Skywalk, an initiative by INTACH Madurai, illuminates interesting stories about stars and constellations.
INTACH Madurai organized a lecture on the significance of stars and constellations. Historian Dr. R. Venkatraman explained how Indians mapped stars and understood their impact on life. He peppered his talk with scientific facts and tales from Greek and Indian mythologies.
“There is an order in the seemingly chaotic arrangement of stars and constellations,” says Dr. Venkatraman. “Most of the stars were named by the Greeks and later in the medieval period, the Arabs coined terms for them as they were seafarers and needed to study stars.” According to him, Sumerians and Egyptians were the first to discover 48 constellations initially. Today, humans know of 88 constellations in the sky.
“Indians have mapped the sky from time immemorial,” says Venkatraman. “The Tamils were traders and they depended on the stars to navigate the seas. And hence, astronomy as we see today is followed and studied ardently in the South.” Indian astronomy takes into account only 12 constellations that are present on the ecliptic path of the Sun and the Moon. “These 12 are called zodiacs. The moon passes through all these signs every year. That’s how the birth star of newborns is calculated,” says Venkatraman.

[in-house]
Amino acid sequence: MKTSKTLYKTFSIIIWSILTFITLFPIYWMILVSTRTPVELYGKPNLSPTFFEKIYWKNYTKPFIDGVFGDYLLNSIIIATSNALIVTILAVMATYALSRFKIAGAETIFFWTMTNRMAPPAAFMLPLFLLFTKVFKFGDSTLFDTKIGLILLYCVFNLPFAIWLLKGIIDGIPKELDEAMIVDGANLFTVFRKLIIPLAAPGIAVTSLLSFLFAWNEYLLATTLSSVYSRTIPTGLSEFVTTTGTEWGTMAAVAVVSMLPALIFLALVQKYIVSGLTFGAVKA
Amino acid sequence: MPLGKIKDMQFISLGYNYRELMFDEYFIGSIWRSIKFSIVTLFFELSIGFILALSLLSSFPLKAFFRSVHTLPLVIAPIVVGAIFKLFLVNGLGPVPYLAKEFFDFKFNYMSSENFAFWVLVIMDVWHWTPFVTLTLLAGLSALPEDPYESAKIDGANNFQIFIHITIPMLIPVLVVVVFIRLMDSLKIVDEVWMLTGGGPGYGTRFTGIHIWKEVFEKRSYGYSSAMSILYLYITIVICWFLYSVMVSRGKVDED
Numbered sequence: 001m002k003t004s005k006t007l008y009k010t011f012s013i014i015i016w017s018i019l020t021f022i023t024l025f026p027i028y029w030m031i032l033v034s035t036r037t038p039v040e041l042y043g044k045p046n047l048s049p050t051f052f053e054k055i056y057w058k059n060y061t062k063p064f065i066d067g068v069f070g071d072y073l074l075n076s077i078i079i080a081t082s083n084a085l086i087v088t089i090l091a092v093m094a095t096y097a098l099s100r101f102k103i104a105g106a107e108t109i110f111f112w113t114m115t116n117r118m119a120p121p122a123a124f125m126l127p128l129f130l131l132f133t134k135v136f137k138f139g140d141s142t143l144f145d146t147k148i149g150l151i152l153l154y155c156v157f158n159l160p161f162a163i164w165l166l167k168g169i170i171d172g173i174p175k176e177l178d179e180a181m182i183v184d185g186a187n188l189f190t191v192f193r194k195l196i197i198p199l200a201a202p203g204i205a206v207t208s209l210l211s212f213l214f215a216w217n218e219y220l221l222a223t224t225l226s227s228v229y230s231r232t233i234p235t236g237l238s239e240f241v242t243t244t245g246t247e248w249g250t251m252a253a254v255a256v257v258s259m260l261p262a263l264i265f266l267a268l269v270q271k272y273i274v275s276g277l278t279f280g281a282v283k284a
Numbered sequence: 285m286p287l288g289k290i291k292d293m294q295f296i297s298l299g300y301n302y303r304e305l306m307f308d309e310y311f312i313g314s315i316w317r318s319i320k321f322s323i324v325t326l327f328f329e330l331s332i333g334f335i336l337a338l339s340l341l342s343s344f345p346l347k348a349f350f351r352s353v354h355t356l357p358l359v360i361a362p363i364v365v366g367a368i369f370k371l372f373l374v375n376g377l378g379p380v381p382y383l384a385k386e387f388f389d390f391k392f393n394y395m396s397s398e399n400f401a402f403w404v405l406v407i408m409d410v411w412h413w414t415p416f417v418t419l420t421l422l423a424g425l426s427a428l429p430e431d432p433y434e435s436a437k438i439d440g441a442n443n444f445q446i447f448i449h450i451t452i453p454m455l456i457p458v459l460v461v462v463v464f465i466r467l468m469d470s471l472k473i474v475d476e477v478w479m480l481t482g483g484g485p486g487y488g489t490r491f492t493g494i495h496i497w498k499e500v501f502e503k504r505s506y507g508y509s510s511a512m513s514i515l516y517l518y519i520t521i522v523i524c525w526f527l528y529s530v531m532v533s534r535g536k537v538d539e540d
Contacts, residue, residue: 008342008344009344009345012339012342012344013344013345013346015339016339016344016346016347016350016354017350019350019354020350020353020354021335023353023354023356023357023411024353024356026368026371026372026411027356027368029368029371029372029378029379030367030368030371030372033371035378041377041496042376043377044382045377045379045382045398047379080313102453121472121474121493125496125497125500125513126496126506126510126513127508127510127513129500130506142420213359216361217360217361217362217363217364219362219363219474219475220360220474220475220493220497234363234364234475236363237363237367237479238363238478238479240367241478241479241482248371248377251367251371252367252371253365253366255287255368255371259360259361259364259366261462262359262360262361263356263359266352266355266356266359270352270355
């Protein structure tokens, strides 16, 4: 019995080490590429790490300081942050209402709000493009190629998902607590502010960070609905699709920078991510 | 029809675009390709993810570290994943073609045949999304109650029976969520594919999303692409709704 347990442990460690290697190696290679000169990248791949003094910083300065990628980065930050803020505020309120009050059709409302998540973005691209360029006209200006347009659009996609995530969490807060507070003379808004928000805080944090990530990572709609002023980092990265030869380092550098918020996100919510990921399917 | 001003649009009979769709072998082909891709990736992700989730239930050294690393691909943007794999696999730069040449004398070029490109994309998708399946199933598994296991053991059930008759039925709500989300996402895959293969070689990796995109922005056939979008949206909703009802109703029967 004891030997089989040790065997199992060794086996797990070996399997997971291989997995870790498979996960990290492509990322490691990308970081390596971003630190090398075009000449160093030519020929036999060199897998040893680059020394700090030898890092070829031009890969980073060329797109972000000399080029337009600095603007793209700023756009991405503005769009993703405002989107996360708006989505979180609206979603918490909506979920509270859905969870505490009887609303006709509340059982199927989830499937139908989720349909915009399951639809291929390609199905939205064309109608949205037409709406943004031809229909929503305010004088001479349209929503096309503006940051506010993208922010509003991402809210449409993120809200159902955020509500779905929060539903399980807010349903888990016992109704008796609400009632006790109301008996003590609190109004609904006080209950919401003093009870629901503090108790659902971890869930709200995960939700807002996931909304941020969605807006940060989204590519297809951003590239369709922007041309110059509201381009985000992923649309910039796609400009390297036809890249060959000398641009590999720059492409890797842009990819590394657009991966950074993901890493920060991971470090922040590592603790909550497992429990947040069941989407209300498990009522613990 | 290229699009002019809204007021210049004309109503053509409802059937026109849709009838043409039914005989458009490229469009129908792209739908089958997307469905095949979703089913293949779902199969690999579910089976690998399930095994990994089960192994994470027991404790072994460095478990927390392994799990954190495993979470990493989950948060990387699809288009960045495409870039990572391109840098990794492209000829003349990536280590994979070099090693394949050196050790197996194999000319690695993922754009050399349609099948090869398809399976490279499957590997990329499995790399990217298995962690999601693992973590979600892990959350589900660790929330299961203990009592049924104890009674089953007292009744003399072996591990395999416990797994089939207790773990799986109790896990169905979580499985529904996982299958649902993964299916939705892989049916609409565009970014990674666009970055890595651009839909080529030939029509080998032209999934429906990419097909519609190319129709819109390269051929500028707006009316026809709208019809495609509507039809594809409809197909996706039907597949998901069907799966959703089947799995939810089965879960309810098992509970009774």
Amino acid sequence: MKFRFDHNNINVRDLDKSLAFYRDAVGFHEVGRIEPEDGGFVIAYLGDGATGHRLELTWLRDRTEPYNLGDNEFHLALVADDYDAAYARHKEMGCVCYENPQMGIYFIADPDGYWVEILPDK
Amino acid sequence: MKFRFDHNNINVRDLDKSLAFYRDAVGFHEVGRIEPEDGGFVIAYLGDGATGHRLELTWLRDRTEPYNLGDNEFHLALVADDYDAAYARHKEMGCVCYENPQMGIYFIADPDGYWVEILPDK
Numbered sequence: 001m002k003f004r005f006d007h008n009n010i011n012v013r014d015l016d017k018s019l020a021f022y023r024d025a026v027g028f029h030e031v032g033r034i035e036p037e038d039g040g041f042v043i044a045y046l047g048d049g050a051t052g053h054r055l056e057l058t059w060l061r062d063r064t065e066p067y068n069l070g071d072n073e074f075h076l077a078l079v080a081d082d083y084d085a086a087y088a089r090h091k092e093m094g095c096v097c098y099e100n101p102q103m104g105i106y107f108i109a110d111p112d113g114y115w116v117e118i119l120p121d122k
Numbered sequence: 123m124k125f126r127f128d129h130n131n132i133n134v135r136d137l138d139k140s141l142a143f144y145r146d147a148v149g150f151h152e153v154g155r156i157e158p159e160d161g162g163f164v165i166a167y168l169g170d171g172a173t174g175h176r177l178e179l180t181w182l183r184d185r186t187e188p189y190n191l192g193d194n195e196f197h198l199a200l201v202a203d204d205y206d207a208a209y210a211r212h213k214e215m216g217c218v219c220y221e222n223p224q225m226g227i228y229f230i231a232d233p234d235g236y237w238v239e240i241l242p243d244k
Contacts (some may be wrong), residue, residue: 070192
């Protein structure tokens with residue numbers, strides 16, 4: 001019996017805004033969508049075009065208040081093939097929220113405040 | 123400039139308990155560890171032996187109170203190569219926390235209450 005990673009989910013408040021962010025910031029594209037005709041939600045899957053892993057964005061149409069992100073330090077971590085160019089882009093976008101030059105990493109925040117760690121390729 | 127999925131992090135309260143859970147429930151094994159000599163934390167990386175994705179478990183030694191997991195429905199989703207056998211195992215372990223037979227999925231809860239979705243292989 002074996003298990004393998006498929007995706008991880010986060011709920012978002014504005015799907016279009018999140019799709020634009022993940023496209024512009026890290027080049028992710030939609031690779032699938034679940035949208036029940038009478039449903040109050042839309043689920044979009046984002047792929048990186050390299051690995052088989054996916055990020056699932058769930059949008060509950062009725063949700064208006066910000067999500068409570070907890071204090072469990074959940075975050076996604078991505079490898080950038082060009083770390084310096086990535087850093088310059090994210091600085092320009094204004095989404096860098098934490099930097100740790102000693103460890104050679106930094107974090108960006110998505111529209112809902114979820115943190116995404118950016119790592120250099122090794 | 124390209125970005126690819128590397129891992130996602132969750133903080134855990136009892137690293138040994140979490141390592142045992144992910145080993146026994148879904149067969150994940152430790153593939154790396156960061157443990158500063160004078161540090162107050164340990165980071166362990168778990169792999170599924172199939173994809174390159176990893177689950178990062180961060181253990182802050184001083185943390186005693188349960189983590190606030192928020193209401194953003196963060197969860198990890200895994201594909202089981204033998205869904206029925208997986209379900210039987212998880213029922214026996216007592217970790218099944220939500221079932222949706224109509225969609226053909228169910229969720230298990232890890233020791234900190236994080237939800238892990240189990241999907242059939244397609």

The study of Astronomy begins with the Orion constellation which is a trapezium with a band of three stars in the middle. “In Indian astronomy, Orion is called ‘Thiruvathirai’ and is associated with lord Shiva. Indians related stars with major Gods of the Hindu pantheon.” For instance, the most beautiful constellation called ‘Pleiades’ was named ‘Thirukarthikai’ and was linked with Lord Muruga.
Venkatraman says that ancient Indians named the months and the years based on the positions of celestial bodies. Even festivals were timed based on astronomical calculations. He points out Pongal as an example. The harvest festivals marks the beginning of the Sun’s journey towards the north, referred to as ‘Uttarayanam’.
Dr. R.V. Krishna Kumar, Associate Professor, Department of Physics, Thiagarajar College, elucidated the theories of atom and space and their relation to astronomy. “It’s amazing how people made astronomical calculations in the olden days. They devised days and months just based on naked-eye observations,” says Krishna Kumar. “The order of days in a week is based on the movement of planets. Astronomy is a combination of Mathematics and science.”
To take the initiative further, INTACH has planned to arrange a star gazing event later in the year.